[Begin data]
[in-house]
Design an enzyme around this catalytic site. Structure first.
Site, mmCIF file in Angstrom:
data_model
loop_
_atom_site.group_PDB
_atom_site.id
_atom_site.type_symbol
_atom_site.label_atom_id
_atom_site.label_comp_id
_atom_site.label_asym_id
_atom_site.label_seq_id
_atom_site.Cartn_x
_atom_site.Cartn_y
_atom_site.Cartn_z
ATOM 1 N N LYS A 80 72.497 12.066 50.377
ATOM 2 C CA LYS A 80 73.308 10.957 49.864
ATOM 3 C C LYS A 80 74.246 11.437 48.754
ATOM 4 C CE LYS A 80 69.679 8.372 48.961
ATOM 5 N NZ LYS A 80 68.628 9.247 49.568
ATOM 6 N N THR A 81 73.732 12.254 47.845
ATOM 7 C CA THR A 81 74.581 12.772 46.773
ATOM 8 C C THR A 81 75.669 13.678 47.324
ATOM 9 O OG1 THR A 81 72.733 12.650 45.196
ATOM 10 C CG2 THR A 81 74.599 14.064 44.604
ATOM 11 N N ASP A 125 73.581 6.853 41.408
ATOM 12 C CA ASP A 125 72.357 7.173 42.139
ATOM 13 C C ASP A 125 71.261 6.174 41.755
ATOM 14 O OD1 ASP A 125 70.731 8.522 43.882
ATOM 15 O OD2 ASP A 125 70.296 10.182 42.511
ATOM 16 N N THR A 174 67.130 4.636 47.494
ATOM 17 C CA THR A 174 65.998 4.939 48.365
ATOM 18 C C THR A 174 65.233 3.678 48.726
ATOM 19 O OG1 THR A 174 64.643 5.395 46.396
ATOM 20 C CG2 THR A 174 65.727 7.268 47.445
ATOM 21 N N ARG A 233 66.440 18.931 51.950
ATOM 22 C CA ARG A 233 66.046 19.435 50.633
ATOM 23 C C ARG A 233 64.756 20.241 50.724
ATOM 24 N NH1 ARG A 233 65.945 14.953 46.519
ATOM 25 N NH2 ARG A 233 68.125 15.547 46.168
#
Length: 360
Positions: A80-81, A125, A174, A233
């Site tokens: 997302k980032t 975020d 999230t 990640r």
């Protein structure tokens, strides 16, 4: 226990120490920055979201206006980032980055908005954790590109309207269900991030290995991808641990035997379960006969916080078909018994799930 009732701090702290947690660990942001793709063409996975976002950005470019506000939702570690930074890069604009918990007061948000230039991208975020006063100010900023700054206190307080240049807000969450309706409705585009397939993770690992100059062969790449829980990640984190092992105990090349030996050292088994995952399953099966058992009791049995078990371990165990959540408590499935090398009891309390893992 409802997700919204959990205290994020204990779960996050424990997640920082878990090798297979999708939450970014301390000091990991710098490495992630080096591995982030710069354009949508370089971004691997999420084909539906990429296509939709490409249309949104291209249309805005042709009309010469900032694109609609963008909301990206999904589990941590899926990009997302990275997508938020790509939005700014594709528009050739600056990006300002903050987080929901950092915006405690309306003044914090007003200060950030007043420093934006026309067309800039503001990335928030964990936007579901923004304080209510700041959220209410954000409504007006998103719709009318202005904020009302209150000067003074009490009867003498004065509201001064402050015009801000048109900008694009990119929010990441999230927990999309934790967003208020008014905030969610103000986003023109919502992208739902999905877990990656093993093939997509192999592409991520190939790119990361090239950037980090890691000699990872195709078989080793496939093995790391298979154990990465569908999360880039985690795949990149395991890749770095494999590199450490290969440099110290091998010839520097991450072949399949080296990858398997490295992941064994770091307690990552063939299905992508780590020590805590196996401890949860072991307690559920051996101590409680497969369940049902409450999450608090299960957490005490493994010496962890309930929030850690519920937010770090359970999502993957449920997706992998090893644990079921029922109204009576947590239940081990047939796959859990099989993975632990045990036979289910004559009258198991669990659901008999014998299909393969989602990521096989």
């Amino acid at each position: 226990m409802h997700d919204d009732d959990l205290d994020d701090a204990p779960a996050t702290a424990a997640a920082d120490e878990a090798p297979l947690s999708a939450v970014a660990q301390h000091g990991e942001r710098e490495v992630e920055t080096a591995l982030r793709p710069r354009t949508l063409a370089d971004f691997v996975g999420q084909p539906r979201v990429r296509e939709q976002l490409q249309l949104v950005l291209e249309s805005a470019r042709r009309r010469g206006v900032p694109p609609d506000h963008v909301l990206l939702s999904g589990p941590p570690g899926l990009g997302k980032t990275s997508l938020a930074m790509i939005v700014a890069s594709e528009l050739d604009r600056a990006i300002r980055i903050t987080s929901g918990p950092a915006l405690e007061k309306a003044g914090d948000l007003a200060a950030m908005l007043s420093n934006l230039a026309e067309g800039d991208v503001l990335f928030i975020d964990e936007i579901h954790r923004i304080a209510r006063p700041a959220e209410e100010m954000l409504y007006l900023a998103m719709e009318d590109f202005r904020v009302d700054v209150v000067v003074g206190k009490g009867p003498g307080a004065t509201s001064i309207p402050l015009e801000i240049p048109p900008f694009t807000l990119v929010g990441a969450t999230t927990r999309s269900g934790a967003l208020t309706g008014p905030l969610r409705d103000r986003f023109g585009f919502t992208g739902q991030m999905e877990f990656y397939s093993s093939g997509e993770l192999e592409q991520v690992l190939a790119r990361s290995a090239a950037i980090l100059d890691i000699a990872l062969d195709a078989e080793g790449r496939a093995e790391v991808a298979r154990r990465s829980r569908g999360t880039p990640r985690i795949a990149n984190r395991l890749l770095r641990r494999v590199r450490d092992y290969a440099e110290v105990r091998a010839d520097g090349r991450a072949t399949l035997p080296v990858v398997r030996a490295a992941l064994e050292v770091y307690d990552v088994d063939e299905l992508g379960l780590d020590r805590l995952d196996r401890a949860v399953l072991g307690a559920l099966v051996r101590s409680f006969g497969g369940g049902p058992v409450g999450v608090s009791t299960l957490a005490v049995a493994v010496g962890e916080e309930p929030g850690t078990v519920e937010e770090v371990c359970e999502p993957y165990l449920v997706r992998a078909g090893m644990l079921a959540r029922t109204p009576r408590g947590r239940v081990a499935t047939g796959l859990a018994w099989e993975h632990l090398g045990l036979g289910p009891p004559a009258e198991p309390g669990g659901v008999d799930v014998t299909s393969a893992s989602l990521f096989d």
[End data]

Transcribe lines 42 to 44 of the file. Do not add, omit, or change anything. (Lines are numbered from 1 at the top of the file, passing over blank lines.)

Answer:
Length: 360
Positions: A80-81, A125, A174, A233
């Site tokens: 997302k980032t 975020d 999230t 990640r």